According to security experts, millions of PCs across the world are already infested with spyware -- software that secretly gathers information about a person, system or organization and relays it to a third party over the Internet. Spyware can have serious implications for law firms by jeopardizing confidential client information. All electronically created, stored and transmitted data is at risk.
By Kelly Martin|April 26, 2004 at 12:00 AM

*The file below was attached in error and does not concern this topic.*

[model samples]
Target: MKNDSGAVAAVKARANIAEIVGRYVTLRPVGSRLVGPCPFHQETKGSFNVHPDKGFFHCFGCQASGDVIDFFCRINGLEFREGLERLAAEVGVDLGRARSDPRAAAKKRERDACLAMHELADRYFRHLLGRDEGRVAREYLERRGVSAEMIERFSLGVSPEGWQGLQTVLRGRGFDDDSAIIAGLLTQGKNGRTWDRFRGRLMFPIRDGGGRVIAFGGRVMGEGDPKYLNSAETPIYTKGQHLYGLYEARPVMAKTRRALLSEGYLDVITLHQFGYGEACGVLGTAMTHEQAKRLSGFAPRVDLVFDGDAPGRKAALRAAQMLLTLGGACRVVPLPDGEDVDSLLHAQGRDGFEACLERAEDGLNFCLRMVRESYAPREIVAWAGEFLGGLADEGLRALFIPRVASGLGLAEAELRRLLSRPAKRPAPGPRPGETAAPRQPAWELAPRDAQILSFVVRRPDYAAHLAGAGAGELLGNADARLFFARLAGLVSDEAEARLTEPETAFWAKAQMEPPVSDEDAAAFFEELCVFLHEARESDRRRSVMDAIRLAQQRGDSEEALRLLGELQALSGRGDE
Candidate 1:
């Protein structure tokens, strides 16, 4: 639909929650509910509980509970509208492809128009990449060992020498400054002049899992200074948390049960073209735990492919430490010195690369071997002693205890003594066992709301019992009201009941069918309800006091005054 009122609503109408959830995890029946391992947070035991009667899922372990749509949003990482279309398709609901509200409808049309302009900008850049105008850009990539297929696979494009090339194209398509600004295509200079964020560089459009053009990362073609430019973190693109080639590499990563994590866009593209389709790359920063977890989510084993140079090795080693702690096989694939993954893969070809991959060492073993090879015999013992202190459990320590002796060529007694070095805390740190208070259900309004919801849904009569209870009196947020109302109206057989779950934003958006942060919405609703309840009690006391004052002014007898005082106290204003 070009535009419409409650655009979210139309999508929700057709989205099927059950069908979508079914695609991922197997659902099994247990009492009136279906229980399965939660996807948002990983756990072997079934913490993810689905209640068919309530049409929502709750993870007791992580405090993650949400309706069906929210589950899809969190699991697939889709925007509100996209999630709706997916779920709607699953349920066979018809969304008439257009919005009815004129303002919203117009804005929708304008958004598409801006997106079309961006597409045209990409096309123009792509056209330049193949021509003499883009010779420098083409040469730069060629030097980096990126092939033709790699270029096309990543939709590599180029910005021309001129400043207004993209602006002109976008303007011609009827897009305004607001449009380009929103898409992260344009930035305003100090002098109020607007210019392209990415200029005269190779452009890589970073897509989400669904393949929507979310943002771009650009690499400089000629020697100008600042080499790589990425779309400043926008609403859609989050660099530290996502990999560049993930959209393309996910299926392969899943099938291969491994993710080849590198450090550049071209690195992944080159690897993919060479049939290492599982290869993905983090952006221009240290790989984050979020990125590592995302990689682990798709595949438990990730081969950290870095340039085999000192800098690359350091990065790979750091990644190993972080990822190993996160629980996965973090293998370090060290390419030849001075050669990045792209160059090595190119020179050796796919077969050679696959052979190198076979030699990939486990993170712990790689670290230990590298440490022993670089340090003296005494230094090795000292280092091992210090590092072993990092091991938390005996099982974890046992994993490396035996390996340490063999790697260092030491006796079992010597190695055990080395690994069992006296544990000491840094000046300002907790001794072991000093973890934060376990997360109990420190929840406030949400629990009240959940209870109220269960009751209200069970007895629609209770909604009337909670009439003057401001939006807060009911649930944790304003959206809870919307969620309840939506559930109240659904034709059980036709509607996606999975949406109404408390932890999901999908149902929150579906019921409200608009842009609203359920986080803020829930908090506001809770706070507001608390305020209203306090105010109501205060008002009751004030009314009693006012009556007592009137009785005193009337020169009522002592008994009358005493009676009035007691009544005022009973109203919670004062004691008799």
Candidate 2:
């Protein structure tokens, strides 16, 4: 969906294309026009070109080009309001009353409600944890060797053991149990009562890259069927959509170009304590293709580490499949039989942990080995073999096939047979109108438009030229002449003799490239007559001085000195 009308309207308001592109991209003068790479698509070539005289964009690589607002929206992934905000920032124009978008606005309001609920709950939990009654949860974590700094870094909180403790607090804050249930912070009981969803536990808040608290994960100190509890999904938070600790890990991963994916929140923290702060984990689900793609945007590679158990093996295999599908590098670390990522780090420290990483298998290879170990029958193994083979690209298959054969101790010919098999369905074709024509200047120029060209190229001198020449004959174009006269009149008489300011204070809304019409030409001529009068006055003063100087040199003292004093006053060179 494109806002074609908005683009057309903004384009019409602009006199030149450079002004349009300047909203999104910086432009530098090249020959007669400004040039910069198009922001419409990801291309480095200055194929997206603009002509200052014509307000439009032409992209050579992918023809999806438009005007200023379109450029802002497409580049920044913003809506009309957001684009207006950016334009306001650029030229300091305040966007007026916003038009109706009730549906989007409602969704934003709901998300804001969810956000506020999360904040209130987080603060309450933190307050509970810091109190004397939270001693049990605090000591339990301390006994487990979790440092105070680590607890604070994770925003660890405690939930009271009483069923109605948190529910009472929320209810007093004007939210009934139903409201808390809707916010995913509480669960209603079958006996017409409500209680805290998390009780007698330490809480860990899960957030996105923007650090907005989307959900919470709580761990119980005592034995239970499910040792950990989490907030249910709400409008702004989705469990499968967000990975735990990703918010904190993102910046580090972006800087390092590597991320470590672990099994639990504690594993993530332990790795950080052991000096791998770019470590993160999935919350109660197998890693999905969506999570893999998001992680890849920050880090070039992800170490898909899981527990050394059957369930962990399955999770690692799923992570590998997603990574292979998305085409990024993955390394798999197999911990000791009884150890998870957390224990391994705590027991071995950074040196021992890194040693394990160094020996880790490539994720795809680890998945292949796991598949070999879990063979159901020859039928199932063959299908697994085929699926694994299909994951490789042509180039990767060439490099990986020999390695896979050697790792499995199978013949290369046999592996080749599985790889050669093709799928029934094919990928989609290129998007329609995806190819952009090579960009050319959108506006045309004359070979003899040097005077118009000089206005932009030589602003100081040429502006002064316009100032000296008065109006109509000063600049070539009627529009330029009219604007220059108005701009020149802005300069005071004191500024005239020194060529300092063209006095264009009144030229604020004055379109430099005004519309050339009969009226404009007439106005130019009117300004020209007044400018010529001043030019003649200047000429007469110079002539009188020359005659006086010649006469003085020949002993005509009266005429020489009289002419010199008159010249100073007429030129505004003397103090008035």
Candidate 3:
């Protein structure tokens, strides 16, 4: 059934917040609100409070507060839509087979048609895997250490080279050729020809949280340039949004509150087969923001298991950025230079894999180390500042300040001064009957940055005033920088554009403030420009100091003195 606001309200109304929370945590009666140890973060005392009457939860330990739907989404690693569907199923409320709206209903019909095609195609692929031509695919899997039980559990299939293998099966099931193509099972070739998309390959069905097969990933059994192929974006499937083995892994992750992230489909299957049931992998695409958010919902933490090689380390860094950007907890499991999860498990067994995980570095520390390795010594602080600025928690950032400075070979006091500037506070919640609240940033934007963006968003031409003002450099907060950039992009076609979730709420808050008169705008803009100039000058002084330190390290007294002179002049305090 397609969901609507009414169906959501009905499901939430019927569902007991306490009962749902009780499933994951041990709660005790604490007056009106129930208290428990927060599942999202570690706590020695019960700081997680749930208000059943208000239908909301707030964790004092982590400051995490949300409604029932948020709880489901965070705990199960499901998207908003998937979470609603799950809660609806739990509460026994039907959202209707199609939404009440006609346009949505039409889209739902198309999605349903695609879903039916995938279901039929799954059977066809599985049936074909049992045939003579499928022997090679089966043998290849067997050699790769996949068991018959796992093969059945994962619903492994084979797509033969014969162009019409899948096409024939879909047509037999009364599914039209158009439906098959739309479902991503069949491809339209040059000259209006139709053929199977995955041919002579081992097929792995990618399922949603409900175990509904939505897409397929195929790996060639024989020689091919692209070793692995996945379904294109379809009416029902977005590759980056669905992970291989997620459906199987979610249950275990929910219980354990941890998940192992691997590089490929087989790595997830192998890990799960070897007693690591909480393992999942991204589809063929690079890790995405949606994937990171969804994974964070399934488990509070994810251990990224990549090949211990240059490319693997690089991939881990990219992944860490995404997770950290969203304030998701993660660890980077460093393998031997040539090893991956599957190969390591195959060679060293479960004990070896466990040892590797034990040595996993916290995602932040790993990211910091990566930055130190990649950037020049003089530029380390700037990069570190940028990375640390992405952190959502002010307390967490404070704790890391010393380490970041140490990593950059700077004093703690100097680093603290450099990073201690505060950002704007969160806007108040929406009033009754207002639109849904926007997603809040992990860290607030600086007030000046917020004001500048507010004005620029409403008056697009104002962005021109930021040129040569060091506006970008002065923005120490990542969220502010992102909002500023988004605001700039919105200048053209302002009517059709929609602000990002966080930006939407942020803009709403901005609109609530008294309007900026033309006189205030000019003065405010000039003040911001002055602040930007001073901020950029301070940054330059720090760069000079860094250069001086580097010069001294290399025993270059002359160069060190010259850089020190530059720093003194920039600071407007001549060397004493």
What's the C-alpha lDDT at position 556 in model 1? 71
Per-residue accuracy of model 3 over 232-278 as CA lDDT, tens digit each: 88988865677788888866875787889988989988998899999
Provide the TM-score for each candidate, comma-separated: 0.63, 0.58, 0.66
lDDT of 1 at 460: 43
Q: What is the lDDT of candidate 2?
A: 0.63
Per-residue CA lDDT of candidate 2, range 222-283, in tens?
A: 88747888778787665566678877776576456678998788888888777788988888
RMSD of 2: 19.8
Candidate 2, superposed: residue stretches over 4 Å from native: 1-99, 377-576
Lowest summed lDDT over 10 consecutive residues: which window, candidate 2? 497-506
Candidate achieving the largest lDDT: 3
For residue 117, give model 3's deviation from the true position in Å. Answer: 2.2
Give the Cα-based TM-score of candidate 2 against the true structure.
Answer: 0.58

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Information technology has slowly changed the practice of law. It started with word processing, which provided lawyers a much more efficient tool for producing a written product. Then came computer networking, document scanners, the Internet and e-mail. Each new development offered law firms the ability to provide their services at a lower cost and with fewer resource requirements. Yet, even as the legal industry leverages IT to deliver enhanced services and improve overall business operations, Internet threats are increasing. According to the latest Symantec Internet Security Threat Report, one of the most significant threats today is malicious code that exposes confidential data such as passwords, decryption keys, keystrokes and more. Moreover, this malicious code is entering businesses from a widening array of sources. One of the most common delivery vehicles is spyware. According to security experts, millions of PCs in homes and businesses across the world are already infested with spyware. Yet, for all its ubiquity, it remains a relatively misunderstood threat. WHAT IS SPYWARE? Spyware is software that secretly gathers information about a person, system or organization and relays that information to a third party over the Internet. Some spyware simply tracks the kinds of online advertisements a user chooses to follow, then replaces random ads with more relevant material. However, other spyware programs have much more malicious intentions. These programs monitor keystrokes, scan files and snoop other applications such as e-mail and continuously send their findings back to the program’s author or some other unknown user. This information, in turn, is either used by the recipient or sold to yet another unknown party. Regardless of its intentions, spyware never announces itself. Furthermore, once installed, spyware is often difficult to remove as it entwines with critical system files. Spyware’s pervasiveness is due in large part to its covert nature. In most cases, users are unaware that their system is housing such code. What’s more, those who are aware may not know how spyware got on their systems. In actuality, users typically download spyware — unknowingly — when they install another program, particularly freeware or shareware. Freeware and shareware end-user license agreements sometimes refer to their adware or spyware components, although often using very ambiguous language. Because it piggybacks on programs the user explicitly invites and installs, firewalls allow it to pass right through. REDUCING EXPOSURE Spyware has serious implications for law firms. Spyware might not only jeopardize the confidentiality of client information, but it might also put that information into the hands of individuals or groups who could use it to hurt a client. Correspondence, subpoena documents, deposition transcripts, memoranda — all electronically created, stored and transmitted information is at risk. Protecting against this threat requires technology and best practices, as outlined in the following recommendations.
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